In the consulting business, back to school is often back to planning, for the next quarter or the next year.  Whether working with Fortune 500 or newer startups, an area that is often overlooked in the planning process is crisis communications or brand reputation management.

While some professionals live for the adrenaline that comes with managing a crisis, be it a recall, image problem or massive security breach (just ask Target & Chase). Time is of the essence in responding to all stakeholders of your brand and company.  The challenge is that creating response takes time you won’t have when in the thick of a crisis.

Instead, take time to organize yourself and develop a mini plan of attack so that when (and trust me, it will happen) something threatens your brand, you’ll be able to spend your time dealing with your strategy, instead of wasting time.

Determine who’s on the team:   Think function, not office space.  While the team needs to include executives and other department heads who have ultimate decision making power for a brand, it should also include social media managers, those who interface with the media and customer service, if your brand is consumer-based.  Don’t just hand a Q&A and statement to folks who interact with your audiences. Instead, make sure they are in the room (or on the call) when the decision is being made. You’ll save time and have a more accurate response and generate better results, by doing so.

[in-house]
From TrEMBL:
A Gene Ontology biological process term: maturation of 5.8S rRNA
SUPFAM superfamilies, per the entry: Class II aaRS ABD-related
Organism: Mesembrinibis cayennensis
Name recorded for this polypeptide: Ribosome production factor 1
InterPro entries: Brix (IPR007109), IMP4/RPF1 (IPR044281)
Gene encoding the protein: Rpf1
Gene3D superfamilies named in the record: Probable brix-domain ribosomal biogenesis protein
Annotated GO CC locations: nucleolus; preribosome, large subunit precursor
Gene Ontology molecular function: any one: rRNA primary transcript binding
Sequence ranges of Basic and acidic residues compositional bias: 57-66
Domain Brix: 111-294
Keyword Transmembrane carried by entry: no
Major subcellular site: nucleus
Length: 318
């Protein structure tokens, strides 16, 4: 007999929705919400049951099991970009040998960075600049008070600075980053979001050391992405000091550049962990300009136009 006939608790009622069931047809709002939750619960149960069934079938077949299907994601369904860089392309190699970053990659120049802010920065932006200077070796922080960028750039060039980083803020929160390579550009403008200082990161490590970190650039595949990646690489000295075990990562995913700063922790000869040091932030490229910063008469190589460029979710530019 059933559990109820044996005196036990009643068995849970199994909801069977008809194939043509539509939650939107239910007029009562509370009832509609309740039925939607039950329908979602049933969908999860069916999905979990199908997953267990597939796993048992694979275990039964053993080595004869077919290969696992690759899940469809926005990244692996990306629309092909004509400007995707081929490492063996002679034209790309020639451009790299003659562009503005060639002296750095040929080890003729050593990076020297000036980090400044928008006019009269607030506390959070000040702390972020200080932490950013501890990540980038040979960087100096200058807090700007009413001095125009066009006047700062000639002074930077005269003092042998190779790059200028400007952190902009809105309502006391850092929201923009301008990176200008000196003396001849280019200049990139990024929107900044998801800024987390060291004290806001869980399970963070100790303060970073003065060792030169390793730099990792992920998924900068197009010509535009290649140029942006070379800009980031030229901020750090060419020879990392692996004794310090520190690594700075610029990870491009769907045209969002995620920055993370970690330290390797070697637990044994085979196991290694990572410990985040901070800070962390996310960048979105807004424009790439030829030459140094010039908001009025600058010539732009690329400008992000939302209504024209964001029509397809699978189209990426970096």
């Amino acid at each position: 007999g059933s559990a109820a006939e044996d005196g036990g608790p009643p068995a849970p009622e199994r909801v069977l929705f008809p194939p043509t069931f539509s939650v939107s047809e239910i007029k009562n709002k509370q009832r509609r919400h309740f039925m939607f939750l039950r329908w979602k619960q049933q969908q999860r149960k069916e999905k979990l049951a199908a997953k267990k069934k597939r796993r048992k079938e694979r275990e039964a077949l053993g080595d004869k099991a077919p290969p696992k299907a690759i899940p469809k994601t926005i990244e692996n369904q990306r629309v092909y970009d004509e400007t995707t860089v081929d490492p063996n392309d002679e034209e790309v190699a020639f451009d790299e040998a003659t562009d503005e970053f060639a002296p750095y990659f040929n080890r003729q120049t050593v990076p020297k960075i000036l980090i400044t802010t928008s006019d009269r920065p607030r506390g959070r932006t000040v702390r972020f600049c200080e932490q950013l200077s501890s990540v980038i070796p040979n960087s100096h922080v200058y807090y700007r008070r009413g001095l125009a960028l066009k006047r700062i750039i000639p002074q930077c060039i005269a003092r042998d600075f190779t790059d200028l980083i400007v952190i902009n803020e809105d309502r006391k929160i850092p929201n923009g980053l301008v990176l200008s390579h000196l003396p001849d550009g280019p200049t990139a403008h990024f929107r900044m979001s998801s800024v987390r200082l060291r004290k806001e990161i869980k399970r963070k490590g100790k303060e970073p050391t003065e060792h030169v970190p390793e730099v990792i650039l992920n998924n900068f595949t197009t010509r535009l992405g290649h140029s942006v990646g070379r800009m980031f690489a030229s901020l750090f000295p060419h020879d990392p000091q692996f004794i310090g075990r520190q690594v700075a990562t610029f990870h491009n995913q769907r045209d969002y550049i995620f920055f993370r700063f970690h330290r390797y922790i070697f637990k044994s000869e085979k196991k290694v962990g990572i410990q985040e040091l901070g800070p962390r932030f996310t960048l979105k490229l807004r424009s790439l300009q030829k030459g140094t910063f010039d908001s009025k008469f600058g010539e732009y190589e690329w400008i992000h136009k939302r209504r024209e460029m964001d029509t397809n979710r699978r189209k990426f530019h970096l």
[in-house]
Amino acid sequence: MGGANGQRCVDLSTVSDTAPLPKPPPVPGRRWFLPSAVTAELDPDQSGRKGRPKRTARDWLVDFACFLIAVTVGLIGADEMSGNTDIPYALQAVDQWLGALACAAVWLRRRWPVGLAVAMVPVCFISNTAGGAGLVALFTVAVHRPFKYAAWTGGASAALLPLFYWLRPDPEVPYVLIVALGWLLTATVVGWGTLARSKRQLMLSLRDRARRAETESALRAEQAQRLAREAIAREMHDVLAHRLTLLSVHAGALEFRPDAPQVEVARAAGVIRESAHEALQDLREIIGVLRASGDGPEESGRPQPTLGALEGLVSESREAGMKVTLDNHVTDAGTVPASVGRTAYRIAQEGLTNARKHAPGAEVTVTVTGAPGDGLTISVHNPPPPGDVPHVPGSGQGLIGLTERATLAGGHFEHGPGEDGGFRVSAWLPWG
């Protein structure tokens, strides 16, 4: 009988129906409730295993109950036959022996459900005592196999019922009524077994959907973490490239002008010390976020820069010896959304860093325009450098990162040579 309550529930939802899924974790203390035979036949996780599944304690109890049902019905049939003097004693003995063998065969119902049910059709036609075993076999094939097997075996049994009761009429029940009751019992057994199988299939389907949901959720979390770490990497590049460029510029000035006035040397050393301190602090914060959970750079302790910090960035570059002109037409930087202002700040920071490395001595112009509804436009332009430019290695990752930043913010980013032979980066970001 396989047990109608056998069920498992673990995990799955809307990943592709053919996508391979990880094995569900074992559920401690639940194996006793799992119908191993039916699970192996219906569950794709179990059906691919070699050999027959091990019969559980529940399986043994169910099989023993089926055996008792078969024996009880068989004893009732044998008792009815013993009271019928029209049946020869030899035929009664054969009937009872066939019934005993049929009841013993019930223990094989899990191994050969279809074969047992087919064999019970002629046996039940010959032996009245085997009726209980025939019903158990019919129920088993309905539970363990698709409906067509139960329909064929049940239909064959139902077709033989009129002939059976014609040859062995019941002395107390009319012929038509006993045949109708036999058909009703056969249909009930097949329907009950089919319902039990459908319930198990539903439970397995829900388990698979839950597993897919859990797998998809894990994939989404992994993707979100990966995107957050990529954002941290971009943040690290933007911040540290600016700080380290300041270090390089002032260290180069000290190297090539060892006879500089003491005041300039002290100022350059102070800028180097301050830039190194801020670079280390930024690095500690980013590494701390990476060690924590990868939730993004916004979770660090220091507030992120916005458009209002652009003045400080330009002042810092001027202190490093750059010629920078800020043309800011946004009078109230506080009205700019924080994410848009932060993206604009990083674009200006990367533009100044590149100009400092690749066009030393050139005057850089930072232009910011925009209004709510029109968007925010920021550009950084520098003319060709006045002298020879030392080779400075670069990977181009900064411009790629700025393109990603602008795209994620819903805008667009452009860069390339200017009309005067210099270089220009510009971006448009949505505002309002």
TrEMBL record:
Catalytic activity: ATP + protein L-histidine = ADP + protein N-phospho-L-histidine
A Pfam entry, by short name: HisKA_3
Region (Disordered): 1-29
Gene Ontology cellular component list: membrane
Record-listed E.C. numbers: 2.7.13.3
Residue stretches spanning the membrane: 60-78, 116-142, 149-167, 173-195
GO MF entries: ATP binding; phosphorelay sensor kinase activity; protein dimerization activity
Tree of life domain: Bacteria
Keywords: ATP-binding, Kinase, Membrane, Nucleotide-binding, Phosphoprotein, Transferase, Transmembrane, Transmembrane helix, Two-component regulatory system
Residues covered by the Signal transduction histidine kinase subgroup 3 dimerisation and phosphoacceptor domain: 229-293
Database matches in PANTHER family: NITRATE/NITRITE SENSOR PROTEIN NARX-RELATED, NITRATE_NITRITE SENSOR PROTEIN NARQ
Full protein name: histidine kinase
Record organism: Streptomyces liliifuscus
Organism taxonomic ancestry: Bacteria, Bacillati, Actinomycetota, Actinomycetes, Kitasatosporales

Create an audience check list:  Create a list of key stakeholders – – employees, investors, board members, key customers, consumers (if applicable), affiliates, not-for-profit partners, media and other influencers who may need to know about your situation.  Create and check your database on a quarterly basis so that when needed, it’s ready to go.  Will it be perfect?  No, but it’s much easier to add in or change a few email addresses or phone numbers than to start from scratch.  This may sound simple, but in my informal survey of our clients, and other PR pro’s clients, less than 15% have this ready to go.

Know your Achilles heel: Despite all of our best efforts, no company or organization is perfect. Keeping tabs on challenges or problems before they blow up is an integral part of preventing a crisis that warrants crisis communications. What problems have the potential to surface? What worries your crisis team?  What’s trending on the social media channels? By actually discussing it and thinking ahead, you will have a framework to start your messaging.

Know what’s being said: Take two seconds to set up Google Alerts for your organization. That way, you’ll get notifications each time your company’s name is mentioned somewhere on the internet, allowing you to see any crisis-worthy news right when it gets posted. One of our longtime clients learned about a major lawsuit from one of our team members, who had received an alert from google about the filing.  Papers weren’t even served to our client, but Google had already picked up the info from the clerk’s office electronic filing system.

Remember, time is crucial! It’s always better to issue a response before users flood your social media channels or the media shows up in your lobby demanding one. You want to be able to address the issue on your own terms.

Truthfully, it is not a question of if a crisis will happen, but rather when. Take quick steps now to make dealing with a challenging situation a little bit easier.  Need help?  Give us a call and we can help you develop a full plan, including media training.  Now wasn’t that easy?

Susan Stoga has more than 25 years of experience working brands to launch and alleviate brand awareness.  She has counseled clients in the banking, building, franchise, food, hospitability and senior living categories, just to name a few. She can be reached at